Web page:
• They have a lot more to teach us.

    We've learned a lot with your help. But there's still so much we need to know to protect our wild dolphin neighbors.

    Give to dolphin research at the Cape Lookout Studies Program.

  • Sea Turtel sick and injured from fishing line

    You can stop this.

    Protecting marine wildlife is within your reach.

    When you give to put monofilament recycling bins within reach of conscientious boaters and anglers.

  • Harbor seal in need

    Save lives, reduce suffering, learn more.

    It's a win, win, win – when you support our Marine Mammal Stranding Network.

    Please give generously to the Cape Lookout Studies Program.

  • Cetacean Studies

    Inspire curiosity.

    What does it take to get students interested in science and conservation? Your help.

    Please give generously to support Cetacean Studies and the Bonehenge rearticulation project.

Keith’s NOAA Cruise

Written by Keith_Rittmaster. Posted in Uncategorized

Keith will be taking leave from NCMM to serve as a scientist (marine mammal observer) aboard the 225′ NOAA Ship Gordon Gunter (http://www.moc.noaa.gov/gu/) in the deep blue Atlantic Ocean.
He will be part of a team of 14 scientists including other marine mammal observers, oceanographers, birders, and acousticians.  Their study area will be off the Atlantic coast between 28d & 38d N latitude, inshore to the 50 meter isobath and offshore to the U.S. Economic Exclusion Zone (approx. 200 miles offshore). This area includes two historic sperm whaling destinations (“Hatteras Ground” and “Charleston Ground”) which is of particular interest to him.  The primary objective of the cruise is to help estimate abundance and distribution of whales and dolphins (cetaceans) in the U.S. Atlantic waters.  His responsibilities will include standing watch on 25×150 military binoculars (termed “big eyes”) searching for cetaceans, directing the ship to any sightings, identifying the species, and counting the individuals.  Other projects on board: 24/7 acoustic monitoring, biopsying whales for DNA, oceanographic profiling (temperature, oxygen, conductivity, productivity, and plankton at various depths), and identifying birds, sea turtles, and other marine wildlife.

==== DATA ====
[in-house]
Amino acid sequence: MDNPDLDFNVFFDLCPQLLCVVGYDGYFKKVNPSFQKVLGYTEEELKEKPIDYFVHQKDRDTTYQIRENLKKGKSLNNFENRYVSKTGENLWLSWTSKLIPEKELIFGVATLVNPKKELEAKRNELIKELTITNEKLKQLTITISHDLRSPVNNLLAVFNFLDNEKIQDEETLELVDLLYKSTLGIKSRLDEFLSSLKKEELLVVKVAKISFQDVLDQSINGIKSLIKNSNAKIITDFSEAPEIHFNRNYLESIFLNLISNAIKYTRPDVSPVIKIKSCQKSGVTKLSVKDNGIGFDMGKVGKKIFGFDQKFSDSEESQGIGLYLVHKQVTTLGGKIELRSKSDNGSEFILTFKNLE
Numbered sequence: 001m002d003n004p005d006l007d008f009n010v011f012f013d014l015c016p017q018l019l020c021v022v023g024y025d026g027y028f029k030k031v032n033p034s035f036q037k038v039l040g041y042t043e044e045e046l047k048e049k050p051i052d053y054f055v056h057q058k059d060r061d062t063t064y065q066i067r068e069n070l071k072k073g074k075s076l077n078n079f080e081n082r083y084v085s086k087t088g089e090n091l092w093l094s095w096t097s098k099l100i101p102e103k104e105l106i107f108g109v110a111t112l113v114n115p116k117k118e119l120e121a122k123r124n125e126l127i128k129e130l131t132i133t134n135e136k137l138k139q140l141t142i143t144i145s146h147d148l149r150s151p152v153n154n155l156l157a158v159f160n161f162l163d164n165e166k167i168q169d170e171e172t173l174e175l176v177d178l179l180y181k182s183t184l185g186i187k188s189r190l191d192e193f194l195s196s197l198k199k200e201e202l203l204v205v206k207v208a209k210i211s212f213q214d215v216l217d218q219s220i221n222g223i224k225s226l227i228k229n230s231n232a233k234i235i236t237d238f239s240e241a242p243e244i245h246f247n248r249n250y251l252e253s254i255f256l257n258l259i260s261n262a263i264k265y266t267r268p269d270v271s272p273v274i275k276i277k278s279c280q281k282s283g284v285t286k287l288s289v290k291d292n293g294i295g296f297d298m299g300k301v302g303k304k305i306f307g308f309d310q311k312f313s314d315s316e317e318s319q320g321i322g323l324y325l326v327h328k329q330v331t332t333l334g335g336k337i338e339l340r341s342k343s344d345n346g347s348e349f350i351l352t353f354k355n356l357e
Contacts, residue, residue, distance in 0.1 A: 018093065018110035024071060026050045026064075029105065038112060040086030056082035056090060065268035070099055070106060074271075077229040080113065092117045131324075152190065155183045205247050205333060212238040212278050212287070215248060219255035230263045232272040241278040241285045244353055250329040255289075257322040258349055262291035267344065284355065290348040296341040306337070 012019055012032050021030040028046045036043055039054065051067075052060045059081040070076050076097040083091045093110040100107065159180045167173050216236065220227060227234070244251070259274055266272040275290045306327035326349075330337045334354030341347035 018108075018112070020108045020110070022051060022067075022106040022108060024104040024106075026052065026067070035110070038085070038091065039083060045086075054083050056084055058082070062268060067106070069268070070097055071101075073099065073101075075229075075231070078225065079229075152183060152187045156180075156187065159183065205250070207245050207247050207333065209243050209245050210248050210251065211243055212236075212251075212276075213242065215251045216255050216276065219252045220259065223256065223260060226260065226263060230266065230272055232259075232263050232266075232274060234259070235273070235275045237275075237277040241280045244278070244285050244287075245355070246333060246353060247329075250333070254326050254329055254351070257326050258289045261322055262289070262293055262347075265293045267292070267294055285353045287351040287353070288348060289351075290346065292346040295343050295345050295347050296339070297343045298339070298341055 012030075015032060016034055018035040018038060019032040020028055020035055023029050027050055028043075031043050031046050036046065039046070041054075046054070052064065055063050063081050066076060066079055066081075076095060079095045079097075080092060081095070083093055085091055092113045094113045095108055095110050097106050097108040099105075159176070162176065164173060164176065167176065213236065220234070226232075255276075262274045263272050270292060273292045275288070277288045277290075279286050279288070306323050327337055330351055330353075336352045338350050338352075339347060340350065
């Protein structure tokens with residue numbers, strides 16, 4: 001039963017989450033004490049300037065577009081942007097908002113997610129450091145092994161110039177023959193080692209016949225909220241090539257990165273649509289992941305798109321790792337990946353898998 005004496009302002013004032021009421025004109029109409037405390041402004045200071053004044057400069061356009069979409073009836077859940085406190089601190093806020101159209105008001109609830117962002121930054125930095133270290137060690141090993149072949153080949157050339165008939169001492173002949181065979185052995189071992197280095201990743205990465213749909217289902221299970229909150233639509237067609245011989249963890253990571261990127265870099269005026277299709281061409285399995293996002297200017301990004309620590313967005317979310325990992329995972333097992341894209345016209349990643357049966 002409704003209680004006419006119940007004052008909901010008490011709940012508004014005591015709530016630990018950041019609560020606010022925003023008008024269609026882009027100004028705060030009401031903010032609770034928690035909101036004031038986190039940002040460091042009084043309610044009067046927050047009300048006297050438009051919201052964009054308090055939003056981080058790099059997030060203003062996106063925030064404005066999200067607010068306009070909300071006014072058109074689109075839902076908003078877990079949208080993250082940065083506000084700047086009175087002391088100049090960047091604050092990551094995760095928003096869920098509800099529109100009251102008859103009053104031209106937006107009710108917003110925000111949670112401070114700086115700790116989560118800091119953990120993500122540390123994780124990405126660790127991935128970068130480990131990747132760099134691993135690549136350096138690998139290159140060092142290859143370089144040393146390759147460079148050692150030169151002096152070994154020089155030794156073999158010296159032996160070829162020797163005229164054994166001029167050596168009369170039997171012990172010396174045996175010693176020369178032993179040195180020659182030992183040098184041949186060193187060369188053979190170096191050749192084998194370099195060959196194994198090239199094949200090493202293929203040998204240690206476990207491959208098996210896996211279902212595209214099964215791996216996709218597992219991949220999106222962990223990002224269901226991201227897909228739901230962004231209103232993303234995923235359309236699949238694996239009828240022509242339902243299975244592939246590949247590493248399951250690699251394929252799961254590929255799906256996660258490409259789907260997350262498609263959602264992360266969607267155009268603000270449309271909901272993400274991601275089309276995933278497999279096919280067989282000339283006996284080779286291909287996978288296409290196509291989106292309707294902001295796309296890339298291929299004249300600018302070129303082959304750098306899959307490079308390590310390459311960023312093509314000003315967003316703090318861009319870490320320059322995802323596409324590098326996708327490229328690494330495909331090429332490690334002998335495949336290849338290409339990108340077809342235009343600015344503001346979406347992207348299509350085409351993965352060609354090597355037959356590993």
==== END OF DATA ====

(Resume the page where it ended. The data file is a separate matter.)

He plans to provide  periodic dispatches (with photos) for blog posting.

Trackback from your site.

Leave a comment